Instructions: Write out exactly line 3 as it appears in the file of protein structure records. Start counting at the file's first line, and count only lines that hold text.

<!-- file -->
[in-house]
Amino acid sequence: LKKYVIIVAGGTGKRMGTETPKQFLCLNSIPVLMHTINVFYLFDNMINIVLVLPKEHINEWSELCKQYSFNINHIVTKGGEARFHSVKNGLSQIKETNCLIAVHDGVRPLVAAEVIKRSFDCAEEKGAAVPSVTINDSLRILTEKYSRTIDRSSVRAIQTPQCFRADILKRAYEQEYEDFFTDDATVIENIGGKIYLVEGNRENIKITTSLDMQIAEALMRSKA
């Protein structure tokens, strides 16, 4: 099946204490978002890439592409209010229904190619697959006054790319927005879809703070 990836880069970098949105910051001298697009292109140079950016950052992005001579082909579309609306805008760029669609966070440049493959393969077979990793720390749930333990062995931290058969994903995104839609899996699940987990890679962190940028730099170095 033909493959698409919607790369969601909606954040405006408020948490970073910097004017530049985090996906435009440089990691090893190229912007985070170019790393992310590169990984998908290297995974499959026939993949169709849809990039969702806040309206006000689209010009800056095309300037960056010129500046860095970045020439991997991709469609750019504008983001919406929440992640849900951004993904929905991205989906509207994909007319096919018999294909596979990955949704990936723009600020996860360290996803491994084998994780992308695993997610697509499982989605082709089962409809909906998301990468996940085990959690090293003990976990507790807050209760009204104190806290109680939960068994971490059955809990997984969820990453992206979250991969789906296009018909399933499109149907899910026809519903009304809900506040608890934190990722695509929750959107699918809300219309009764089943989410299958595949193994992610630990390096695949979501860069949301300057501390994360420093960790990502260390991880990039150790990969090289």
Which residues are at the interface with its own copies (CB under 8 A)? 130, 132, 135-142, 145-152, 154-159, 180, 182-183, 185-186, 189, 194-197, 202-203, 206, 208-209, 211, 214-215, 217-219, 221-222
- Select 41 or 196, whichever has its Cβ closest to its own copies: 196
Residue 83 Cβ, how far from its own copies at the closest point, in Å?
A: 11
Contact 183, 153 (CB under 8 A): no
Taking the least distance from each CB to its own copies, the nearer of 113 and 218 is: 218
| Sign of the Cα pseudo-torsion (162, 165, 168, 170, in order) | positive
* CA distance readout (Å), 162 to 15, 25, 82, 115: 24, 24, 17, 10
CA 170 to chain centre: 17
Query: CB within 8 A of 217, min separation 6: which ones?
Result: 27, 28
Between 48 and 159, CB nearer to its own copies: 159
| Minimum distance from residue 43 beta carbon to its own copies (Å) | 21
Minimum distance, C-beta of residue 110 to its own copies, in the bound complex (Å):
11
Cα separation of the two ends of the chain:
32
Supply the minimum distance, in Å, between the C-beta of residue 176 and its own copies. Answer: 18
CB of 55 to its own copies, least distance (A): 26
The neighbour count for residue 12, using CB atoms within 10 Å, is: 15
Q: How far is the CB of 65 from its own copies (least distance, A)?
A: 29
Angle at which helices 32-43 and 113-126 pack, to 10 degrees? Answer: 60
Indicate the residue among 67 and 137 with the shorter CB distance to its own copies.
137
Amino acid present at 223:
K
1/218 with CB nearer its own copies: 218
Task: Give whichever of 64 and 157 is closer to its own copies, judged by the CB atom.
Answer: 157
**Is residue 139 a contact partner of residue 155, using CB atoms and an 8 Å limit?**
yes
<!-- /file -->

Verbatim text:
């Protein structure tokens, strides 16, 4: 099946204490978002890439592409209010229904190619697959006054790319927005879809703070 990836880069970098949105910051001298697009292109140079950016950052992005001579082909579309609306805008760029669609966070440049493959393969077979990793720390749930333990062995931290058969994903995104839609899996699940987990890679962190940028730099170095 033909493959698409919607790369969601909606954040405006408020948490970073910097004017530049985090996906435009440089990691090893190229912007985070170019790393992310590169990984998908290297995974499959026939993949169709849809990039969702806040309206006000689209010009800056095309300037960056010129500046860095970045020439991997991709469609750019504008983001919406929440992640849900951004993904929905991205989906509207994909007319096919018999294909596979990955949704990936723009600020996860360290996803491994084998994780992308695993997610697509499982989605082709089962409809909906998301990468996940085990959690090293003990976990507790807050209760009204104190806290109680939960068994971490059955809990997984969820990453992206979250991969789906296009018909399933499109149907899910026809519903009304809900506040608890934190990722695509929750959107699918809300219309009764089943989410299958595949193994992610630990390096695949979501860069949301300057501390994360420093960790990502260390991880990039150790990969090289």